In the first decision of its kind, a California jury last Friday determined that the agricultural chemicals company Monsanto is liable for causing a man’s Non-Hodgkin Lymphoma (NHL). The jury ordered Monsanto (recently acquired by Bayer) to pay the plaintiff DeWayne Johnson $289 million dollars for his injuries: $39 million in compensatory damages and $250 million in punitive damages. The eye-popping award follows from the jury’s belief that Mr. Johnson’s chronic and accidental exposure to glyphosate as a school groundskeeper over a two-year period caused his NHL and that Monsanto knew about the possible risk of cancer, failed to warn him of the risk, and sought to suppress scientific evidence linking its widely-used pesticide with cancer.
Praedicat has been tracking the science around glyphosate and a range of harms, including NHL, since we first formed as a company in 2012. According to our model, aggregate scientific support for the hypothesis that glyphosate causes blood cancers like NHL peaked in 2014, a year before the International Agency for Research on Cancer (IARC) declared glyphosate to be probably carcinogenic in humans (2A) and about two years before Mr. Johnson filed his lawsuit. Since 2014, there have been a number of negative human studies published, including ongoing evaluations of some 54,000 pesticide applicators in the Agricultural Health Study that have found no statistically significant correlation between glyphosate exposure and cancer.
Even in 2014, though, the scientific community was largely surprised by IARC’s determination given the mixed evidence published to date in both animals and humans. IARC’s mission is to answer the question of whether an agent is capable of causing cancer without regard to exposure. Such agents are referred to as cancer hazards. By contrast, an evaluation of cancer risk — evaluations that IARC explicitly does not conduct — estimates whether real-world exposures elevate the risk of cancer. While much of the scientific community doubts that glyphosate is even a probable cancer hazard, scientific consensus is even more aligned against the likelihood that glyphosate poses a meaningful cancer risk for those exposed under normal circumstances.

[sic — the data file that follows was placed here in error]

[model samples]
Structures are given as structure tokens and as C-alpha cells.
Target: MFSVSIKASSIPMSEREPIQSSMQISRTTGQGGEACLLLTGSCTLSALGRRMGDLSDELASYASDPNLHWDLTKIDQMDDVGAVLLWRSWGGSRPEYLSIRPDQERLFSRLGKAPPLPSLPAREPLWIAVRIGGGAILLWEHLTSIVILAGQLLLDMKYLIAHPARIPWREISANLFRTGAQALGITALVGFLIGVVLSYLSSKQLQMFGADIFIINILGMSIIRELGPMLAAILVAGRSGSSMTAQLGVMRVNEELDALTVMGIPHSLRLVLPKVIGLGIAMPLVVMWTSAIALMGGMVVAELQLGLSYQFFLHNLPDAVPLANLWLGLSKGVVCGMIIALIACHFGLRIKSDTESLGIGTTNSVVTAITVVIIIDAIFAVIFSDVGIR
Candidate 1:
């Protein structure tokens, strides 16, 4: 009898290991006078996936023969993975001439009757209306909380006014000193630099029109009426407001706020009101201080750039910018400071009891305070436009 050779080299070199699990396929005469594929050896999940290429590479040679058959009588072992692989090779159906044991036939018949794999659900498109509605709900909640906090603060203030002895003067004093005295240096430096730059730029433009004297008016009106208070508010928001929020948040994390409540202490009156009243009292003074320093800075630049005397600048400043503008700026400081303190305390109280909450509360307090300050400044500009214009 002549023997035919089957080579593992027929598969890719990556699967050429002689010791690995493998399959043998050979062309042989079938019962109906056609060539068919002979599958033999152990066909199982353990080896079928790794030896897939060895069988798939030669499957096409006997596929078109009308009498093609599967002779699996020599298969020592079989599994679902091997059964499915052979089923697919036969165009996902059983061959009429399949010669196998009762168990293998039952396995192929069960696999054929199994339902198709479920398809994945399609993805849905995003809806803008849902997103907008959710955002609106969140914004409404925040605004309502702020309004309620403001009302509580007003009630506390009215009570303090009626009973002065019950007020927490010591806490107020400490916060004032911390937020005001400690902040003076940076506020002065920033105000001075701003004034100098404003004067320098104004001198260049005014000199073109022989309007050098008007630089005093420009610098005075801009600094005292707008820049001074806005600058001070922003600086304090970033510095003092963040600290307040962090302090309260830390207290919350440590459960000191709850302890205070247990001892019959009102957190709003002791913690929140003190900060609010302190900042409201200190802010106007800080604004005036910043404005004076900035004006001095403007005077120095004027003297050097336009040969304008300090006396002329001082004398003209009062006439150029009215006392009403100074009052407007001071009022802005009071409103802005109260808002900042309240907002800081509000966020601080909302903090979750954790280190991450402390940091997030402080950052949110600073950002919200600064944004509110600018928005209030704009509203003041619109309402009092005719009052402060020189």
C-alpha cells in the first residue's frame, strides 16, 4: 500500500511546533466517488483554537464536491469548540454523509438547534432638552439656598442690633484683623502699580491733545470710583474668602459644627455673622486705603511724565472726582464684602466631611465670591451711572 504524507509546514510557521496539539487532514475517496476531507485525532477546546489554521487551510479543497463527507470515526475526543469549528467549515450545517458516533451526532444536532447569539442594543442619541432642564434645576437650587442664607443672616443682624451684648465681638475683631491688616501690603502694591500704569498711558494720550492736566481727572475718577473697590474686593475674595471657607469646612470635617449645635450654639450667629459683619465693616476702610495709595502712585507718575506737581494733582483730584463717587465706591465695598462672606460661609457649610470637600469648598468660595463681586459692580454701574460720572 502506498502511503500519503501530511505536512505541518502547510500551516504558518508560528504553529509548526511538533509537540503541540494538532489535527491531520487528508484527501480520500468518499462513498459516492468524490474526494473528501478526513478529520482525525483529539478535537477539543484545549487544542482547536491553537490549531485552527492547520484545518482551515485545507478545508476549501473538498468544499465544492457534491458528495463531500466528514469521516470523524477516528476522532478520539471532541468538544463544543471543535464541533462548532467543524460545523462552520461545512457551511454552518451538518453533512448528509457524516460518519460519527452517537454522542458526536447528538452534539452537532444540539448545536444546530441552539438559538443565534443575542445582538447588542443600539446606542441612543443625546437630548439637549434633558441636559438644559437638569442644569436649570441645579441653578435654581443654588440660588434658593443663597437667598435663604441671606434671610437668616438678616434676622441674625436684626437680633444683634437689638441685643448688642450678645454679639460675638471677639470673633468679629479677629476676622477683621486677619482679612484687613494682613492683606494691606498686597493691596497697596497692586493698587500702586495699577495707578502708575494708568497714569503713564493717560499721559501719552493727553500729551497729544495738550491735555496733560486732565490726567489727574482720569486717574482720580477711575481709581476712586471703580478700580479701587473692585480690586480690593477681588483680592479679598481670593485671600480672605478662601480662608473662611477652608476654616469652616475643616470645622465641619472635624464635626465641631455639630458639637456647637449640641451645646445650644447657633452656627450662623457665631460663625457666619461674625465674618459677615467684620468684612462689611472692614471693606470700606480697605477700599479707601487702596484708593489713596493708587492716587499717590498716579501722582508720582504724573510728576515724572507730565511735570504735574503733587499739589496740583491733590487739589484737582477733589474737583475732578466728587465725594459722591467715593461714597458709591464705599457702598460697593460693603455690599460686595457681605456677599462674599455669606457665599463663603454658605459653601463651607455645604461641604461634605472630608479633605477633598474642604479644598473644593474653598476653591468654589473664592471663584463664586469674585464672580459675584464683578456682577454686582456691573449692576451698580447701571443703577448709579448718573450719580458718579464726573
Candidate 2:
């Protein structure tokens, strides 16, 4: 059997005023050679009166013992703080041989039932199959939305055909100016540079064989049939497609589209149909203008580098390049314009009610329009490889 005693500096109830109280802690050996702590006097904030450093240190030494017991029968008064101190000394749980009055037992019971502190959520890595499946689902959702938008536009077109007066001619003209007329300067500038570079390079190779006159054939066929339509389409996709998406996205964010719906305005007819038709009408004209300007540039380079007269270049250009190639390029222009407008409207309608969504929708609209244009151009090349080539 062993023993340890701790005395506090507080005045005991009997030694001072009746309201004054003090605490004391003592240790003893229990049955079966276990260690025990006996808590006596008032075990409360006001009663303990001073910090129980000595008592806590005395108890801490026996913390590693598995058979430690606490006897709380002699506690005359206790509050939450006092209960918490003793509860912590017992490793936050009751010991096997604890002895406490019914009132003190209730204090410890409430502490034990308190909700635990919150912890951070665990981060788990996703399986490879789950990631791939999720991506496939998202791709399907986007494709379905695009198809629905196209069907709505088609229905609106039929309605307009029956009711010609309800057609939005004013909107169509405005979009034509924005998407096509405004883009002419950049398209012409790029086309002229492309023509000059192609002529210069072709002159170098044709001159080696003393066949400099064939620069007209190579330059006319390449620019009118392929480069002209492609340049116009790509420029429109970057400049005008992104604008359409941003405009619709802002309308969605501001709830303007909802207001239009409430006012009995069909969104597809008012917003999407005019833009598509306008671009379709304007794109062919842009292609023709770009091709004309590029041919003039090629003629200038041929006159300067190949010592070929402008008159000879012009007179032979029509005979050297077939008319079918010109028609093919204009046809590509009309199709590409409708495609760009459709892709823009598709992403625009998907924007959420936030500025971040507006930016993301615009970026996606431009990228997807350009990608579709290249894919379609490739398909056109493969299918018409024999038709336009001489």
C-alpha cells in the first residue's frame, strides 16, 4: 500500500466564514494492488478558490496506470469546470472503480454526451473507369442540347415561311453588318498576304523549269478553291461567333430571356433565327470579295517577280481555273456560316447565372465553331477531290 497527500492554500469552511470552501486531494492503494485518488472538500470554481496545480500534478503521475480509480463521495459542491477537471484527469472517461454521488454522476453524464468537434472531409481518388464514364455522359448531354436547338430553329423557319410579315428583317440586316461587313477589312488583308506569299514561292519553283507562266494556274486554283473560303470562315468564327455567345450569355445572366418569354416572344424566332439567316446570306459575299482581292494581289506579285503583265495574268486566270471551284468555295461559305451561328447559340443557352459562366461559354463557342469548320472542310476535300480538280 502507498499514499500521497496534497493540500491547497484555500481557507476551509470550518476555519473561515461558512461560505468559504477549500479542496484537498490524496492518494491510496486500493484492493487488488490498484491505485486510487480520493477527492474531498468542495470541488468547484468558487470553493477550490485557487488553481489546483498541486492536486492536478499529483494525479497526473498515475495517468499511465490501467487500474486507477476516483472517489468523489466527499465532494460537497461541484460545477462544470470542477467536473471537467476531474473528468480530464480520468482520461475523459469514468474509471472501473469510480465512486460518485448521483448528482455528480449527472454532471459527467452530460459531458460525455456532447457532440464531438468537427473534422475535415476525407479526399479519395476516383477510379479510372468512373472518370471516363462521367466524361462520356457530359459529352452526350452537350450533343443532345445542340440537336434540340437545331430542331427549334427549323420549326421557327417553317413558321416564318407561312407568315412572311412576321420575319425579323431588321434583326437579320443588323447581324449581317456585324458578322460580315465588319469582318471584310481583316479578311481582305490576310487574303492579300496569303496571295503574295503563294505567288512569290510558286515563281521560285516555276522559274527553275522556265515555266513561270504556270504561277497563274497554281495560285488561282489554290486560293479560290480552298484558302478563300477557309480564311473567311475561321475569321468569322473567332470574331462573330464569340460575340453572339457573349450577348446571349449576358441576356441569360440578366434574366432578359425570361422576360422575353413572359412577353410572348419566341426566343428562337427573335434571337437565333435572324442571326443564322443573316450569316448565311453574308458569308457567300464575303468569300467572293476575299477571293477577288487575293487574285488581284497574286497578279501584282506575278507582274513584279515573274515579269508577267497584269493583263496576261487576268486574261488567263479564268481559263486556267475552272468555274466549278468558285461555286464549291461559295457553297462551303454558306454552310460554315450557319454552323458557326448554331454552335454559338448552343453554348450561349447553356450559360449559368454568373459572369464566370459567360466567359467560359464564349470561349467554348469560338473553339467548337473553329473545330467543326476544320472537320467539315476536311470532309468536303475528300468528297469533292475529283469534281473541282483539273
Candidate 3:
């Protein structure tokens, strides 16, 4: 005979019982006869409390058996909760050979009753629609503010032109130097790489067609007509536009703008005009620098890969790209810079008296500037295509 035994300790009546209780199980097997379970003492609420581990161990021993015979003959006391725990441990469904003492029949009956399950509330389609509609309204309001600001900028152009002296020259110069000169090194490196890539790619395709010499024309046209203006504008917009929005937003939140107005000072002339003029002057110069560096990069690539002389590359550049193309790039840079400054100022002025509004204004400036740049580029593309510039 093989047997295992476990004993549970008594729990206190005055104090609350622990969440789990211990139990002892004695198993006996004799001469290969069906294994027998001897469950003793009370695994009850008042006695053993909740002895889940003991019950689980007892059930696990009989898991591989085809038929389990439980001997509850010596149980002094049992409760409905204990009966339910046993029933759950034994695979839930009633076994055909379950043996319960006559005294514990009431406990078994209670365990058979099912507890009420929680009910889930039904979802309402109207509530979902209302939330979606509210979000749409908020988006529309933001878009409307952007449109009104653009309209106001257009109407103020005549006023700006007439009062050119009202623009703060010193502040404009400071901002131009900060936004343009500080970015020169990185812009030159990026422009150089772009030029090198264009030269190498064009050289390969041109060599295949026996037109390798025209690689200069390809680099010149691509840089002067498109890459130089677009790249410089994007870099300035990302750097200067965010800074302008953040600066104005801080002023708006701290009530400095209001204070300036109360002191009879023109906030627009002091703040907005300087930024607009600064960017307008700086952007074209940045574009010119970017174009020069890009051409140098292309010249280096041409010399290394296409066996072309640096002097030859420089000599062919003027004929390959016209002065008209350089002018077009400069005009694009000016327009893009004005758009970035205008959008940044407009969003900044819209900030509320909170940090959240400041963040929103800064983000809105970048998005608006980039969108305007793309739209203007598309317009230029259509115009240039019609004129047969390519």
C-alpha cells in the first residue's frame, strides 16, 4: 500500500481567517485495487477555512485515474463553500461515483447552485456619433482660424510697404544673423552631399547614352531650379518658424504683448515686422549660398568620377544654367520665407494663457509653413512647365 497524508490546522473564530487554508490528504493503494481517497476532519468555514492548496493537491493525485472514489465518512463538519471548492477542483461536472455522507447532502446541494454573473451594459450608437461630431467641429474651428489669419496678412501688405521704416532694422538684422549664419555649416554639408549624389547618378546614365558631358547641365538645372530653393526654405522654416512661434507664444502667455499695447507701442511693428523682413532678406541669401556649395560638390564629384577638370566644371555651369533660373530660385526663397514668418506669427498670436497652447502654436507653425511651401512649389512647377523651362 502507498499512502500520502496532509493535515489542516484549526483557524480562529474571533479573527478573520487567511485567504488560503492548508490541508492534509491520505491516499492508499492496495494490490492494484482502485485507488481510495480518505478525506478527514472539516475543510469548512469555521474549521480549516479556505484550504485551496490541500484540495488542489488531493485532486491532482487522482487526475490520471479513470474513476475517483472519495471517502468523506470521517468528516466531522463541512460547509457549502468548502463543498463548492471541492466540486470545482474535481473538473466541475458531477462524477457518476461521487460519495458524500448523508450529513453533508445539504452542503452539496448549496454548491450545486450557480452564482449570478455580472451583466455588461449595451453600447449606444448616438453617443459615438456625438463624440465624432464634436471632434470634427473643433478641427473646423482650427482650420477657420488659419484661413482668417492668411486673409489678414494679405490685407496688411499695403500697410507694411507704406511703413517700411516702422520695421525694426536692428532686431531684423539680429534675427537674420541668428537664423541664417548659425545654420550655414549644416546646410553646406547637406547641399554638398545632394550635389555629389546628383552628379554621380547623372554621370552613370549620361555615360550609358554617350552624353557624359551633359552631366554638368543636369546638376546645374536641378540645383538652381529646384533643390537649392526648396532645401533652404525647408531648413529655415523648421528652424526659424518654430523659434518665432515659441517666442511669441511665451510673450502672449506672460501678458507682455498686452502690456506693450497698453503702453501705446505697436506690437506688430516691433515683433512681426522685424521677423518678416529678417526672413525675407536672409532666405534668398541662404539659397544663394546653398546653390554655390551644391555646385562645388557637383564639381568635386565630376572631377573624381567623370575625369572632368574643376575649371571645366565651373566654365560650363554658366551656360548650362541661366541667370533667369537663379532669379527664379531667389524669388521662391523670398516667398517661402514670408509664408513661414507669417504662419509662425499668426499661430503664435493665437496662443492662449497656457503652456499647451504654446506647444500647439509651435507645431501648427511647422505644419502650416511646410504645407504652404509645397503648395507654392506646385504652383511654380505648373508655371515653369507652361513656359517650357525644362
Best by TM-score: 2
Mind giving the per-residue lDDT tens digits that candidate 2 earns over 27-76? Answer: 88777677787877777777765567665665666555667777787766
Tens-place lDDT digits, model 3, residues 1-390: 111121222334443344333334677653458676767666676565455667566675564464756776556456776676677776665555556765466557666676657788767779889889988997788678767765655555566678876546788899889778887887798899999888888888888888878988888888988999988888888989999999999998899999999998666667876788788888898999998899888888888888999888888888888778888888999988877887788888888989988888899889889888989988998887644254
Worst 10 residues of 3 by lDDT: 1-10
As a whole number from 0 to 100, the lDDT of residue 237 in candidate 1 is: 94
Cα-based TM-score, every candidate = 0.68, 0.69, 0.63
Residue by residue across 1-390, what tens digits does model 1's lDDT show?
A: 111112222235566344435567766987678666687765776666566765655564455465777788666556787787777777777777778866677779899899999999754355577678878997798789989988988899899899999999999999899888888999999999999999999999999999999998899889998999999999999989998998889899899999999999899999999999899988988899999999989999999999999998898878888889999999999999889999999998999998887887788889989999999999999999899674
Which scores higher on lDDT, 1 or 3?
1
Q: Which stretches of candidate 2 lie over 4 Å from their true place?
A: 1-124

So how are we to make sense of the jury’s decision last Friday? One possibility is that the distinction between hazard and risk gets lost in the heat of competing arguments about the science; perhaps all the more so when the defendant is accused of waging a campaign against science itself and unduly influencing regulators like the Environmental Protection Agency and European Food Safety Authority, both of whom have determined glyphosate does not pose a cancer risk in humans, either for those applying glyphosate according to regulatory guidelines or for those consuming trace quantities in food.
It is possible too that IARC’s decision to classify glyphosate as a probable cancer hazard made it more likely that the judge would admit expert testimony to this effect even in the presence of murky science supporting glyphosate as a cancer risk. On appeal, though, the courts might ultimately find the hazard-focused testimony insufficient to prove causation. In this scenario, Monsanto and Bayer will incur significant defense costs while paying no indemnity. How regulatory actions can lead to “defense cost only” litigation is something that Praedicat is working to incorporate in its next generation litigation dynamics model.
All attention now turns to the federal court overseeing multidistrict litigation (MDL) in hundreds of claims against Monsanto alleging glyphosate exposure causes NHL. Plaintiffs in that case recently survived a Daubert hearing as to the admissibility of expert testimony on the effects of glyphosate on cancer. The court ruled that while expert testimony on behalf of plaintiffs’ argument that there is a causal link between glyphosate exposure and NHL is “rather weak” and “shaky” it is nonetheless admissible. The MDL court warned, however, that plaintiffs’ expert testimony must go beyond the IARC determination of hazard and address whether glyphosate exposure meaningfully increases the risk of NHL. The MDL court further added “Given how close the question is at the general causation phase, the plaintiffs appear to face a daunting challenge at the next phase.”
Monsanto has already announced that they will appeal this stunning jury decision. Under similar circumstances, Johnson & Johnson was successful in overturning a $417 million California jury decision in October of last year. Comparably “weak” and “shaky” scientific evidence linking talcum powder use and ovarian cancer caused the judge in that case to reject the jury’s conclusion that the evidence presented in court was sufficient to prove causation. That was a bold move by a trial judge, but one that we could see repeated here where the jury seems also to have been persuaded by expert testimony that likely spoke more to glyphosate as a hazard than as a risk.